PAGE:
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Posts Tagged ‘Orchestre Revolutionnaire et Romantique’

Opera

ENO took Britten’s folk opera / operetta Paul Bunyan to Wilton’s Music Hall, where it somehow fitted like a glove. It’s an odd mythical concoction about the American Dream, but its real strength is its lyrical score, which showed off the young singers and chorus brilliantly. It seemed darker than the previous two occasions I’ve seen it, which seemed appropriate given recent events.

My 2018 Proms ended on a high the night before the Last Night with a lovely performance of Handel’s Theodora by Arcangelo and five excellent soloists. Despite being a chamber ensemble and small choir, they filled the RAH. The countdown to Proms 20-19 begins!

My only visit to WNO at the WMC in Cardiff this autumn was for Prokofiev’s epic War & Peace. It’s a flawed opera, with the first half a series of scenes lacking cohesion, and I thought their decision to translate it into English was a mistake as it came over as clunky, but the soloists were terrific and above all the second half showed off both the chorus and orchestra to thrilling effect.

Classical Music

For some reason, I was disappointed in the Berlioz Prom. It wasn’t the musicianship, which was extraordinary, but maybe it was a programme of lesser Berlioz. I just didn’t think it did The Orchestre Revolutionnaire et Romantique, John Elliott Gardiner, favourite Joyce DiDonato and viola player Antoine Tamestit justice. The rest of the audience and the critics appeared to disagree, so maybe it was just an off night for me.

A double-dip of two Proms in one evening proved very rewarding indeed, starting with a superb performance of Britten’s War Requiem from the Royal Scottish National Orchestra & Chorus, probably my favourite choral work, and continuing with 60 mins of 850 years of late night polyphony from the ever wonderful Tallis Scholars; it’s amazing how those 30 or so voices fill the Royal Albert Hall.

The Parry centenary concert at Wigmore Hall was a delightful way to spend an hour on a Sunday afternoon. Songs by him and his friends and contemporaries were beautifully sung by Louise Alder & Nicky Spence accompanied by William Vann and it was all very uplifting. Back in the same venue the following lunchtime, soprano Lucy Crowe and pianist Joseph Middleton gave another lovely recital of English song from Purcell to Ireland, Walton and Michael Head, an early 20th century composer new to me. The folk song encores proved to be the highlight.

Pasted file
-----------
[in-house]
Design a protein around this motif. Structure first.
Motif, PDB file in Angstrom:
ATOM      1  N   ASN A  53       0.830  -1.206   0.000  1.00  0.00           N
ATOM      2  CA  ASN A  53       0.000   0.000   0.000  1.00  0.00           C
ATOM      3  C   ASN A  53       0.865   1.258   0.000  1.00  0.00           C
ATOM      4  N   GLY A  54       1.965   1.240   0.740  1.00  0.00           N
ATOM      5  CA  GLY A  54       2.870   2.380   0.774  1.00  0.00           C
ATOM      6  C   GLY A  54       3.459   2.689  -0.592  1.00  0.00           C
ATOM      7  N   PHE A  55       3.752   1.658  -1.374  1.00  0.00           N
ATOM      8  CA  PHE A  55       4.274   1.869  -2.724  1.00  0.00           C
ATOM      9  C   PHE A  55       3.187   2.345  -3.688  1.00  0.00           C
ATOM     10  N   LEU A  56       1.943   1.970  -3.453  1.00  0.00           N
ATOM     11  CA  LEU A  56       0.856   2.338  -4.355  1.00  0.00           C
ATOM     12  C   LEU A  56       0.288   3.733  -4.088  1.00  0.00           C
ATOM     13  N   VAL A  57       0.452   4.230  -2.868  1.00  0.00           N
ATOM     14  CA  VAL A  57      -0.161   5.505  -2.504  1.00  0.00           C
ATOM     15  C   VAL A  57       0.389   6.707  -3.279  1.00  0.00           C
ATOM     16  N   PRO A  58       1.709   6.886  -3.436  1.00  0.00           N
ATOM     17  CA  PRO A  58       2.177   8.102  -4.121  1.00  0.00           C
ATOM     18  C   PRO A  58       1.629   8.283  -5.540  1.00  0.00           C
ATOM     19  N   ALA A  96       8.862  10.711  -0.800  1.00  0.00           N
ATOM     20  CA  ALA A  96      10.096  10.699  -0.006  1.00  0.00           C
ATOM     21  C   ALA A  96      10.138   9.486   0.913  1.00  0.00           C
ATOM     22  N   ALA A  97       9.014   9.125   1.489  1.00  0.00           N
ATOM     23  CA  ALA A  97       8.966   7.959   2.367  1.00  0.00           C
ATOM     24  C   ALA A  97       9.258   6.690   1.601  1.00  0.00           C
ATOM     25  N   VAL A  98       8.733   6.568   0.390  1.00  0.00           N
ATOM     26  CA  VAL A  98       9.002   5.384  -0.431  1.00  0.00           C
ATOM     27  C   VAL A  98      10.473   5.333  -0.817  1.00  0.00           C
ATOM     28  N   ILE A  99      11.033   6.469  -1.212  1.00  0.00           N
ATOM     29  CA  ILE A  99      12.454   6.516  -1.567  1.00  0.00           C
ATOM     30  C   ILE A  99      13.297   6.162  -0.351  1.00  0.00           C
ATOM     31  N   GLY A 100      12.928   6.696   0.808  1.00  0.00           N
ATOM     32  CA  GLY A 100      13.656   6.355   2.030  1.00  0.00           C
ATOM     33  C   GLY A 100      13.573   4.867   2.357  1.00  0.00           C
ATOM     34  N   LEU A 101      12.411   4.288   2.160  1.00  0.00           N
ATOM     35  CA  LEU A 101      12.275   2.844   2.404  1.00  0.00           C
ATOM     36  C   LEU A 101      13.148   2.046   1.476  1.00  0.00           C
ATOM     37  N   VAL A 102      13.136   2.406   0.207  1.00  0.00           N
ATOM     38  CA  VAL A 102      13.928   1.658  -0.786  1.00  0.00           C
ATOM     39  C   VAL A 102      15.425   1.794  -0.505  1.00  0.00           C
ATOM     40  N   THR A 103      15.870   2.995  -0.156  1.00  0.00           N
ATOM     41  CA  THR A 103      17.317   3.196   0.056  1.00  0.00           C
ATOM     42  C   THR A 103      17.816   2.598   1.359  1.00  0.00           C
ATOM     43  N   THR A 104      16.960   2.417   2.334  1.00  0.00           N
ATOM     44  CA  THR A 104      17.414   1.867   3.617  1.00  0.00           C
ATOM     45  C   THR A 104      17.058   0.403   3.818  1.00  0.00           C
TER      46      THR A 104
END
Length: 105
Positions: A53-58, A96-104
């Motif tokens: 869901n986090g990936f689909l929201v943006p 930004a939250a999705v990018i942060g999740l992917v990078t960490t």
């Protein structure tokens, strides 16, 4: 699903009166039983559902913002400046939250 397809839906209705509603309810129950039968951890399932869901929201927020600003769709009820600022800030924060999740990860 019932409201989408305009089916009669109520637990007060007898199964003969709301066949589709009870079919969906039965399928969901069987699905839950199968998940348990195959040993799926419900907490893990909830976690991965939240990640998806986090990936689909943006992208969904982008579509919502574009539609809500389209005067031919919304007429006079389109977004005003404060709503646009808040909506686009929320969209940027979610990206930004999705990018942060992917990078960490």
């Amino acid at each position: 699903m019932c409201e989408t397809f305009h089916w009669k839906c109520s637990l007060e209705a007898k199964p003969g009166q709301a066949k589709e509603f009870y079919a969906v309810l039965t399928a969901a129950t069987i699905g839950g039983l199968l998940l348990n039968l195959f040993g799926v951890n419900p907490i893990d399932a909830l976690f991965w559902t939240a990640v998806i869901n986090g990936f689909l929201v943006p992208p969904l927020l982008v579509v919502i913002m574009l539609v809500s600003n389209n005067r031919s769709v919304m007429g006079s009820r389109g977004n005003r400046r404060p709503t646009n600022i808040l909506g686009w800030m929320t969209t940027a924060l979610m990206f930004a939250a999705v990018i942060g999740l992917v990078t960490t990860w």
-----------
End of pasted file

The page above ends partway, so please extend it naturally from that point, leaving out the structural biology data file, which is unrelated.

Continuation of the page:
Art

As if to compensate for the hugely disappointing exhibition at the Weiner Gallery, Magic Realism: Art in Weimar Germany 1919-33 at Tate Modern was a real treat, with artists new to me as well as those like Otto Dix I’ve seen vast amounts of this summer. Across the Bridge, Artist Rooms: Jenny Holzer was worth popping into, though much of it goes over my head.

A visit to Cornwall meant a second visit to Tate St. Ives, which had a hit-and-miss exhibition of Patrick Heron. I loved some of the colourful abstractions, but much of it left me cold.

Renzo Piano: The Art of Making Buildings at the Royal Academy covered his illustrious career from before the Pompidou Centre to The Shard by focusing on sixteen projects, built and unbuilt (yet). The trouble was it was all very static – each project a table on which there were notes, drawings and models with more drawings and photos on the walls around. The most interesting project was one I’m unlikely to ever see, in New Caledonia, in the Pacific Ocean! For architects and architectural students only, I’d say.

Film

BlacKkKlansman wasn’t an easy watch, but its humour and its chilling ending were enough to make it well worth seeing.

I enjoyed The Children Act, the second film of the summer featuring the consequences of Jehovah’s Witnesses fundamentalism, especially for Emma Thompson’s deeply touching performance.

Crazy Rich Asians was a great advert for the Singapore Tourist Authority, but I rather overdosed on rich Asians, crazy or otherwise. It had its funny moments, but there weren’t enough of them to warrant the reviews that sent me to see it.

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Contemporary Music

It’s a long time since I last saw Ben Folds. His concerts used to be a bit random and frequently irritated me. I certainly never expected to see him at the Royal Opera House, but that’s where he played with New York sextet yMusic (violin, viola, cello, clarinet, flute and trumpet / horn) and drummer Sam Smith and boy was it a treat. Though there were some songs from the back catalogue, rearranged for this configuration, it was mostly new stuff and I now can’t wait for the album to follow. It was a serious but good-humoured affair and the vocal contribution of the audience, conducted by Folds, was stunning. A treat.

Classical Music